The Corner

National Security & Defense

Je Suis Charlie, Unless . . .

When terrorists stormed an Eagles of Death Metal show at Bataclan theatre in December of last year, killing 89 attendees, the events understandably left the band shaken and distraught.

There was an outpouring of support from the music community to singer Jesse Hughes and the band. In a famous gesture, an artist placed a piano right outside the riddled theater and began playing Jon Lennon’s “Imagine” to an emotional crowd of Onlookers. The message was that music and peace would prevail over terror and fear.

When U2 took the stage in Paris this past December to make up for their cancelled show in the wake of the attack, lead singer Bono invited Eagles of Death Metal out onto stage for the show’s encore finale. It was a stirring moment that reverberated throughout the arena.

But that was then and this is now, and today Eagles of Death Metal find themselves embroiled in controversy regarding speech and artistic expression in the same country that rallied around them after the Bataclan massacre.

Slated to appear at the upcoming French music festivals Rock en Seine and Cabaret Vert, the band has reportedly been pulled from both festival line ups. The reason cited by festival officials?

Disagree with the recent statements made by Jesse Hughes, Eagles of Death Metal singer, an American media, Cabaret Vert and festivals Rock en Seine have decided today to cancel the concerts of the group that were scheduled this summer. Thank you for your understanding.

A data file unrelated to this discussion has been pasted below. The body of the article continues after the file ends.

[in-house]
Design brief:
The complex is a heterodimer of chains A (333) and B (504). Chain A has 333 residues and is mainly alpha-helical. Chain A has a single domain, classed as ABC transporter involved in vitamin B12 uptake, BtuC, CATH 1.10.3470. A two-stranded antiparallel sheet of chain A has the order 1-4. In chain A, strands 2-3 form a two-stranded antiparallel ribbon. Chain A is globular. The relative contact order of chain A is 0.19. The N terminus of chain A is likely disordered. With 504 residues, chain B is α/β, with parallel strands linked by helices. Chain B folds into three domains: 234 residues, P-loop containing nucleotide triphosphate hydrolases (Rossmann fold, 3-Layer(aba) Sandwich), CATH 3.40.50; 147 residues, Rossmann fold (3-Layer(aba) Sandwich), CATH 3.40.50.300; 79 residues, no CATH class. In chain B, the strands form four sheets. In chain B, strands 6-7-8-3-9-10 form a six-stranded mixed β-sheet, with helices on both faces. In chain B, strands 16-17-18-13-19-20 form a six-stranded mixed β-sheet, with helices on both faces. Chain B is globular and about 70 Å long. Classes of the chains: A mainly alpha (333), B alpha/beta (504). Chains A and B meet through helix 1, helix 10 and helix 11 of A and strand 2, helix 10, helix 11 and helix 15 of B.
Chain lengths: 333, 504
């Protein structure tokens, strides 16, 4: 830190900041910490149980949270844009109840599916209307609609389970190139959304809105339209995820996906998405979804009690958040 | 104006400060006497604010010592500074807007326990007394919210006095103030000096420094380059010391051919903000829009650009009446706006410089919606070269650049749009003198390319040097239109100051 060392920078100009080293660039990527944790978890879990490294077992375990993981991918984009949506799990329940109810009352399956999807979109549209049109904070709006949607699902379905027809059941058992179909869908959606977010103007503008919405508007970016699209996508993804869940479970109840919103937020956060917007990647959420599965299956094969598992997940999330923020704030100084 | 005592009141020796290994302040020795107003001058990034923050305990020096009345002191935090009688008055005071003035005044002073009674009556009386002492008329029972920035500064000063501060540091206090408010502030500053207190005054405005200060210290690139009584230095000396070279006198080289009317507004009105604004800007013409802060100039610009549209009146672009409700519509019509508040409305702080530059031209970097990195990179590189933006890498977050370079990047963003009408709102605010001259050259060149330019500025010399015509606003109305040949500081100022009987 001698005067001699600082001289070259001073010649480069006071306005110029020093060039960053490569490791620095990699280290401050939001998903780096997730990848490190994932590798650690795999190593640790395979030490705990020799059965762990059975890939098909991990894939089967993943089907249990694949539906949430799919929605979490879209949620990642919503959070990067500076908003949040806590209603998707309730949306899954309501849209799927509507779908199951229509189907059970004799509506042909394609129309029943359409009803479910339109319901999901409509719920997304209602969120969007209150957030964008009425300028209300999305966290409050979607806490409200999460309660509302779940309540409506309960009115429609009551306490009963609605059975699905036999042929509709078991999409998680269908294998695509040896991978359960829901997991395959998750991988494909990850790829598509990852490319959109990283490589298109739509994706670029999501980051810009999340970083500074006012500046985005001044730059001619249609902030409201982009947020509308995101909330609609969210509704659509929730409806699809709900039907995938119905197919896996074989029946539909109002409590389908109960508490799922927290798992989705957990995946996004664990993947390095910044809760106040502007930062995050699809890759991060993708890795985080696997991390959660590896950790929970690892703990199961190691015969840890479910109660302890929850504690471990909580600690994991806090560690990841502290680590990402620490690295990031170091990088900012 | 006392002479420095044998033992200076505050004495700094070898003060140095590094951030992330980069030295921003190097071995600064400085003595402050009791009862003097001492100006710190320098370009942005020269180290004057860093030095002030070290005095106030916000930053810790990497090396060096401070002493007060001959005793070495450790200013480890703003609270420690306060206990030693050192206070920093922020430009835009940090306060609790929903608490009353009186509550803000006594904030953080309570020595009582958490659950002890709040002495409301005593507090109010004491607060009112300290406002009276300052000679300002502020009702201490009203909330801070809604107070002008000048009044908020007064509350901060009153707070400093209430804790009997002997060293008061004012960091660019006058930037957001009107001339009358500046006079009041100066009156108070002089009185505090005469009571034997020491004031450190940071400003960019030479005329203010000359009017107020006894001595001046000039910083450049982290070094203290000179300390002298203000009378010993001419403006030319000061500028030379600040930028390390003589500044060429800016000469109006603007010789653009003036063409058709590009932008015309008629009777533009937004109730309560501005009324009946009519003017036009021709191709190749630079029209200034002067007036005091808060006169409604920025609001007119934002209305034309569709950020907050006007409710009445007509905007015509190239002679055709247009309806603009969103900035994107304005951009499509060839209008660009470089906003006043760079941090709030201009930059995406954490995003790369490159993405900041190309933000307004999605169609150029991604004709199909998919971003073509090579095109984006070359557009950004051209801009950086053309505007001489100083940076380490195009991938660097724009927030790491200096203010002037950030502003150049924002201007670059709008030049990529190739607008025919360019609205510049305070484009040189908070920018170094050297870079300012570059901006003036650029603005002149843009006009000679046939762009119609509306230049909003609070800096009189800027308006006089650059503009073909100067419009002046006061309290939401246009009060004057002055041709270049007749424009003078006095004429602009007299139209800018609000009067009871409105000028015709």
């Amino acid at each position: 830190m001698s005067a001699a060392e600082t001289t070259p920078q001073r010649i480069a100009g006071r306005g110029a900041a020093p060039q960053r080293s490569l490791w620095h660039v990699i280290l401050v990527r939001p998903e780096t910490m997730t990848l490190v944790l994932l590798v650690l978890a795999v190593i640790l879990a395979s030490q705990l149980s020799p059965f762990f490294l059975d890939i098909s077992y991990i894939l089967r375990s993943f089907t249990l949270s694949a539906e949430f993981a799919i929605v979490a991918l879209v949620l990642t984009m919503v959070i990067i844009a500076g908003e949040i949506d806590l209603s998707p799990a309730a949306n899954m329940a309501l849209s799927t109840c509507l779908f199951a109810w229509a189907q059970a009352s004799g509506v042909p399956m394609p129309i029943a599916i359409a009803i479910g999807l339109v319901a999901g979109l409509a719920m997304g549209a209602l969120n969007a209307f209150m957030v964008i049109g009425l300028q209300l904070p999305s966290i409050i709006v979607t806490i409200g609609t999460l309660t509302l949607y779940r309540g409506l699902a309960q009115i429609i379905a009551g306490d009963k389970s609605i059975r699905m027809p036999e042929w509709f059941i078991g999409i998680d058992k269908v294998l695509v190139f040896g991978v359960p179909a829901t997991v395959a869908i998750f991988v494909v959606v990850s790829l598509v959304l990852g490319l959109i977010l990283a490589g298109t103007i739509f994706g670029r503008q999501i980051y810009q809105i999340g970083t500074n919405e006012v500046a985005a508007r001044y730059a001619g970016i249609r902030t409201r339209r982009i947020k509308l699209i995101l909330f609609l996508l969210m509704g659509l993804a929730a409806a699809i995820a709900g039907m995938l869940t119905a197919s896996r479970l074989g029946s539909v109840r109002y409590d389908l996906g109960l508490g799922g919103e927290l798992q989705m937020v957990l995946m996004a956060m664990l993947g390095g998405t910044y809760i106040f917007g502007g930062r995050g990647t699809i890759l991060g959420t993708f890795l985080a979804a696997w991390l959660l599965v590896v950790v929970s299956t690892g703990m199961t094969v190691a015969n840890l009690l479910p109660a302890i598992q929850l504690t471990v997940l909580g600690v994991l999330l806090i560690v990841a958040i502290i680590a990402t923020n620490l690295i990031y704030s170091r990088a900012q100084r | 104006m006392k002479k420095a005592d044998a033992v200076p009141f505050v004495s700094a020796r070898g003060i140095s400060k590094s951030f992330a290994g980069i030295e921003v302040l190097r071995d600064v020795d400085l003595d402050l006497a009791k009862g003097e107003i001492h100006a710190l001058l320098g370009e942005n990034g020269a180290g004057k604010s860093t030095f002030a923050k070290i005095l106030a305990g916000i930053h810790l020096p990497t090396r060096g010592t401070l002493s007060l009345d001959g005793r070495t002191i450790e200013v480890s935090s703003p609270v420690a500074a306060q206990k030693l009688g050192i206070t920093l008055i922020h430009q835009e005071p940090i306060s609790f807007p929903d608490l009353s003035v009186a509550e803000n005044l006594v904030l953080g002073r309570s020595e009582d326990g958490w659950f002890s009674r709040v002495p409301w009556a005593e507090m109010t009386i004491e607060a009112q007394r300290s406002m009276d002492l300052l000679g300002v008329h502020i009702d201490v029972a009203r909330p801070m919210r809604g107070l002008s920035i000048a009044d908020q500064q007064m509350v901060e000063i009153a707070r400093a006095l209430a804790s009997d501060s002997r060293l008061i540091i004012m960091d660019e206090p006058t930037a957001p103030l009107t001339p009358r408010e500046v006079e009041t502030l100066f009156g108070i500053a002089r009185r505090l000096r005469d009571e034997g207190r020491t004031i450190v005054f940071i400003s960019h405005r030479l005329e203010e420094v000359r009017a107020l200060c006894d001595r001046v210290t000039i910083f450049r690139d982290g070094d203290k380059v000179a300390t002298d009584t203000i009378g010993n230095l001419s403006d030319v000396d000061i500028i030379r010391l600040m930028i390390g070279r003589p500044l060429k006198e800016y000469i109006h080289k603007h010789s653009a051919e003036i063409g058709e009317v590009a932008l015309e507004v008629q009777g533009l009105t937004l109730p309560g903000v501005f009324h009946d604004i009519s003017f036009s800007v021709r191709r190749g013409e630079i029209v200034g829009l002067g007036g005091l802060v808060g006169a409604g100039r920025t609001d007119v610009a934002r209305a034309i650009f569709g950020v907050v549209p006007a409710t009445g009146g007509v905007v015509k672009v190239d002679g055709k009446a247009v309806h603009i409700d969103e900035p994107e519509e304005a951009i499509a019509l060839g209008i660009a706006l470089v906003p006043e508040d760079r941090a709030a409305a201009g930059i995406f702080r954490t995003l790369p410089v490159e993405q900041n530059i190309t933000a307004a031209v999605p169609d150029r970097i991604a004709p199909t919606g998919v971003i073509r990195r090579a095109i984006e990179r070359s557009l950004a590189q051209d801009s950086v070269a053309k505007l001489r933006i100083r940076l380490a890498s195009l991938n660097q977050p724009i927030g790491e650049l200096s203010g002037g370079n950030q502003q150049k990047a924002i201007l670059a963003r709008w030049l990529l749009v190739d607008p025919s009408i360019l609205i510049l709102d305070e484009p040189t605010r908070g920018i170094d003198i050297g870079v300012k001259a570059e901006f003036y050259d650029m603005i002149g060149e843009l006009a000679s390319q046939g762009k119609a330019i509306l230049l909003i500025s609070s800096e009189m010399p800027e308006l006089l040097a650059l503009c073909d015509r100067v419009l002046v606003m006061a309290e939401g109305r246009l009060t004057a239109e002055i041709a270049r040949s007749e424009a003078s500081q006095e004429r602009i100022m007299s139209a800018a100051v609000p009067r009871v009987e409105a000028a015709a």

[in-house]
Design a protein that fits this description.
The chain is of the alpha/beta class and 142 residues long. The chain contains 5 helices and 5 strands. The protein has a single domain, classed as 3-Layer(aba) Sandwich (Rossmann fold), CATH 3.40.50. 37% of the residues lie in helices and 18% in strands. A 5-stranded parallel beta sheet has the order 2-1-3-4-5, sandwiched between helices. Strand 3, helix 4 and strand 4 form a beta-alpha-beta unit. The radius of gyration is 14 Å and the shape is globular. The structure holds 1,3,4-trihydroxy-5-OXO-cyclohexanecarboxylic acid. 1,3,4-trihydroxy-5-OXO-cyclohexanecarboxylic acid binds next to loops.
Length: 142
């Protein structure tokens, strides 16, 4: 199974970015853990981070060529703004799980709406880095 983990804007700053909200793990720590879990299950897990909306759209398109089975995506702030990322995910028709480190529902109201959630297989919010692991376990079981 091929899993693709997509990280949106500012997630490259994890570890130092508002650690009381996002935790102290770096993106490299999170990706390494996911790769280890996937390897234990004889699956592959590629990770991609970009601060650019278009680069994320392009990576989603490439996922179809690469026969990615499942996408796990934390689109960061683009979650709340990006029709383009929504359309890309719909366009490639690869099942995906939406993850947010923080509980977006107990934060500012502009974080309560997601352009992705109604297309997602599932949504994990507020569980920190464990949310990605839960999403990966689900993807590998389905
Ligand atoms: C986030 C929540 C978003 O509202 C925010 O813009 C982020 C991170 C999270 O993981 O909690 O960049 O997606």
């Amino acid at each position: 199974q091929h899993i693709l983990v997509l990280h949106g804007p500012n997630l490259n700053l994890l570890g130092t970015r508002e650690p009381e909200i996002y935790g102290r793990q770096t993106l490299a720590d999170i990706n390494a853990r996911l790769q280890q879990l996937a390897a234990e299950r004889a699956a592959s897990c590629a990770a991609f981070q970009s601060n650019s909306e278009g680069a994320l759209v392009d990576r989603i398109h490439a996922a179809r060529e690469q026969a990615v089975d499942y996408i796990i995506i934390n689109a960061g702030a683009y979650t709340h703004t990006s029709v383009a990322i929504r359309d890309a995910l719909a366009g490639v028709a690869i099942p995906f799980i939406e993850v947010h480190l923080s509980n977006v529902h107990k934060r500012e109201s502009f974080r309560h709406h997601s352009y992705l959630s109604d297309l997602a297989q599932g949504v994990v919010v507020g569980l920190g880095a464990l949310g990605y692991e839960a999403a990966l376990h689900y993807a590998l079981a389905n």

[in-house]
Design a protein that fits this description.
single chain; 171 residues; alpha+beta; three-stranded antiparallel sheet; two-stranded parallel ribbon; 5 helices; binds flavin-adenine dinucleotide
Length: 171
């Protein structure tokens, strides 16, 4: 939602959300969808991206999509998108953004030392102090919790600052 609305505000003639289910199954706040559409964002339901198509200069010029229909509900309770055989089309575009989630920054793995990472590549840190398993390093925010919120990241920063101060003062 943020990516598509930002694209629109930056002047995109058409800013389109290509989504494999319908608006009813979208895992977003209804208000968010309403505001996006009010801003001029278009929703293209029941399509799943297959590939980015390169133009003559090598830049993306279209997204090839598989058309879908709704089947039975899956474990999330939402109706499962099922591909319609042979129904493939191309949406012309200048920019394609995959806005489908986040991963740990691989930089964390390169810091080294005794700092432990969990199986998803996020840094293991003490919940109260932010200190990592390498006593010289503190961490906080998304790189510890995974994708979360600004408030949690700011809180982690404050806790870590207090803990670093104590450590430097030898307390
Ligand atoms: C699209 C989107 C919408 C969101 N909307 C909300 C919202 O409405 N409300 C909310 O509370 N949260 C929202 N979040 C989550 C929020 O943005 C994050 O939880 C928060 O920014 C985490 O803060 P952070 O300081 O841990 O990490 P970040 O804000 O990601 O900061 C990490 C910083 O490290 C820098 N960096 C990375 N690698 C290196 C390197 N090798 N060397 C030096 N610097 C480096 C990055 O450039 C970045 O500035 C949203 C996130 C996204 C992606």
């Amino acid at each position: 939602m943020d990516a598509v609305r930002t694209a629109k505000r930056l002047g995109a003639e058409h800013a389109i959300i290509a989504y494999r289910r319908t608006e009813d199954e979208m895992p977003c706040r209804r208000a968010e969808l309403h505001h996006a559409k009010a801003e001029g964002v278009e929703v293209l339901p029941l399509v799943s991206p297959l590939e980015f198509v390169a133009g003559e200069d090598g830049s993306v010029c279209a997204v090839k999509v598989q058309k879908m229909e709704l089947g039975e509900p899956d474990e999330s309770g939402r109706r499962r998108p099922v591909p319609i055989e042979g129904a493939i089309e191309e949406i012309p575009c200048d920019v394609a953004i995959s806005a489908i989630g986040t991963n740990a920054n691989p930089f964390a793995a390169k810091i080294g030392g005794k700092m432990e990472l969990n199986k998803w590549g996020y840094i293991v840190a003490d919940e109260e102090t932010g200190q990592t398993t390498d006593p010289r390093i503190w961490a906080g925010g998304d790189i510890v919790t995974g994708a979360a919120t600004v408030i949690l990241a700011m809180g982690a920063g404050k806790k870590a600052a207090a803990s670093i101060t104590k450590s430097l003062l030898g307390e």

Translation: Event organizers are canceling appearances by Eagles of Death Metal due to recent statements by members of the band, specifically Hughes.

The “statements” the festival organizers are referring to were made by Hughes to

I saw Muslims celebrating in the street during the attack. I saw it with my own eyes. In real time. How did they know what was going on? There must have been coordination.

Hughes, no stranger to controversy concerning Muslims and free speech, apologized, and chalked the interview up to a traumatic reaction to the shooting. This is understandable. Members of the band’s own road crew were among the dead and Hughes and band members have struggled to recount the episode in interviews for Vice and others. 

The obvious question, then, is this: Was there an expiration date on Je Suis Eagles of Death Metal? What happened to all those artists and musicians who sang anthems to free expression and embraced the survivors with open arms?

Apparently, they didn’t mean it. Last year, the people of France marched arm-in-arm declaring that they would not cower in fear, that they would not bow to terror, and that they would not punish people for speaking out. Last year, musicians and artists across France stood up for Eagles of Death Metal’s right to free expression, among others.

Now would be the time to show that they meant it.


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